Cary Fukunaga has been keeping rather busy since parting ways with New Line on his adaptation of Stephen King’s It. In addition to directing the dark comedic miniseries Maniac for Netflix, Fukunaga is developing his next feature film project, which takes the Beasts of No Nation director back to war — World War II, to be exact — for The Noble Assassin. And he’s just secured a couple of screenwriters who know a bit about that whole assassin thing.
Once word broke that True Detective and Beasts of No Nation director Cary Fukunaga had in mind to direct talent like Jonah Hill and Emma Stone in a new dark comedy series, we knew the premium outlets would move fast. Unsurprisingly, Netflix managed to snap up the trio’s Maniac with a full series order.
Cary Fukunaga may not ever return to True Detective (assuming True Detective returns at all), but the Beasts of No Nation director has another major TV project in mind. Fukunaga has been tapped to direct a new series adaptation of dark comedy Maniac, already set to star Emma Stone and Jonah Hill.
While Cary Fukunaga’s adaptation of Stephen King’s sprawling horror epic It has now joined the list of great films that might have been, New Line hasn’t entirely ditched the plans set out by the former True Detective director. The studio is still planning on adapting the novel into two films, with the first focusing on the characters as children and the second following them as adults. And though we still mourn what Fukunaga’s version could have been, take solace in knowing that New Line is at least targeting an R rating.
Beasts of No Nation marks the streaming video giant’s first serious attempt to become a major player in the feature film world, the same way they’ve become a giant in the world of serialized TV. And what’s most surprising about that first serious attempt is the fact that Netflix made a movie that will probably not play very well on Netflix. Beasts practically demands to be seen in a movie theater, not just for its impressive cinematography and immersive sound design, but also because of its expansive runtime and harrowing subject matter — the plight of child soldiers in Africa.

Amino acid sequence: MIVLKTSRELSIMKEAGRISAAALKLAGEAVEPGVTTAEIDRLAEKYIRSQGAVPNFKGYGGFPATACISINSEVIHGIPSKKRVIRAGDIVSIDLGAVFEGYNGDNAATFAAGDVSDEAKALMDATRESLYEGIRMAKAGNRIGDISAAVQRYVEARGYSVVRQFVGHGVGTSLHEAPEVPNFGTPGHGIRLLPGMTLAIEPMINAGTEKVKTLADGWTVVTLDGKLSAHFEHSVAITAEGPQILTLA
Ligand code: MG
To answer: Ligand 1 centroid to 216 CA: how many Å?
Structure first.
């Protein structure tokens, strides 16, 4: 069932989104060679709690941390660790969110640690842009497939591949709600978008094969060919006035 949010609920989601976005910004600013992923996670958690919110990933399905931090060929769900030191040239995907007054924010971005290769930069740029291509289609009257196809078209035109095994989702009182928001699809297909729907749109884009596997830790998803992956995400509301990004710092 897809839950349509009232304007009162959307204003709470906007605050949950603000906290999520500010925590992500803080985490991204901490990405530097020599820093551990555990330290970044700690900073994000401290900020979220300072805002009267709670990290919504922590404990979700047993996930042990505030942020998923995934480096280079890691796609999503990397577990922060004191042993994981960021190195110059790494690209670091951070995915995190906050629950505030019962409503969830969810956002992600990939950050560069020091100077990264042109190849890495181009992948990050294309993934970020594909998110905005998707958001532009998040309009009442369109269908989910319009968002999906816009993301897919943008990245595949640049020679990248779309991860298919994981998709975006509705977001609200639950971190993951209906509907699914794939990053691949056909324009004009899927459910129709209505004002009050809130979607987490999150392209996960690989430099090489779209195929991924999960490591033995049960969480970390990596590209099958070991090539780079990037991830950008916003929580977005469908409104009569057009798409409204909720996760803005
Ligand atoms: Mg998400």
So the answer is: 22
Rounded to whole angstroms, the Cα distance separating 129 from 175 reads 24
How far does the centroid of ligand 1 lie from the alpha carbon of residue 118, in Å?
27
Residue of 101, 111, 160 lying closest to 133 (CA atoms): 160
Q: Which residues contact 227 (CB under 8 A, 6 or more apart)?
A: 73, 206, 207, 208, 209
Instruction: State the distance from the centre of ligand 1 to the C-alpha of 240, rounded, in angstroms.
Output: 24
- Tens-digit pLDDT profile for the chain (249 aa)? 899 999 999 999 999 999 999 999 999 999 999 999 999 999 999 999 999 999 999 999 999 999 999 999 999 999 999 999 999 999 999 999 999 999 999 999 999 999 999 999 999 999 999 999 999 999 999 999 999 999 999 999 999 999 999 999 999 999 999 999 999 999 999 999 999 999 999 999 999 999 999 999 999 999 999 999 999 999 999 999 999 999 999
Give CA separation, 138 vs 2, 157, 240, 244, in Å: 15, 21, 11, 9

The universal disappointment of True Detective Season 2 owed at least somewhat to the absence of Season 1 director Cary Fukunaga, who himself acknowledges his continued producing credit as perfunctory. HBO hasn’t offered much in the way of any potential True Detective Season 3 news, but don’t expect Fukunaga to return as its saving grace.
Netflix may have an Oscar contender on its hands.
Ever since Cary Fukunaga parted ways with New Line on the new adaptation of Stephen King’s traumatic classic It, rumors have swirled about what caused the departure. Some reports suggested that the director clashed with the studio over the budget, while others — fueled by rumors about Fukunaga’s problems with Nic Pizzolatto on True Detective — speculated that the director was simply too difficult to work with. In a new interview, Fukunaga sets the record straight.
Amid the many flaws of True Detective Season 2, most would agree on the lack of Season 1 director Cary Fukunaga’s uniform vision, reportedly owing to a dispute between he and creator Nic Pizzolatto. Now, both men clear up a supposed Season 2 potshot Pizzolatto took at Fukunaga, but it still feels pretty chilly in here.
Netflix has come a long way from the company that used to send you little red envelopes in the mail. Their original programming slate is expanding exponentially; after making major inroads into television and documentaries, they’re now expanding their feature film division as well. Their ambitious slate of movies includes Beasts of No Nation, the new project from Cary Joji Fukunaga, the director of the first season of True Detective (but not, it should be noted, the second season).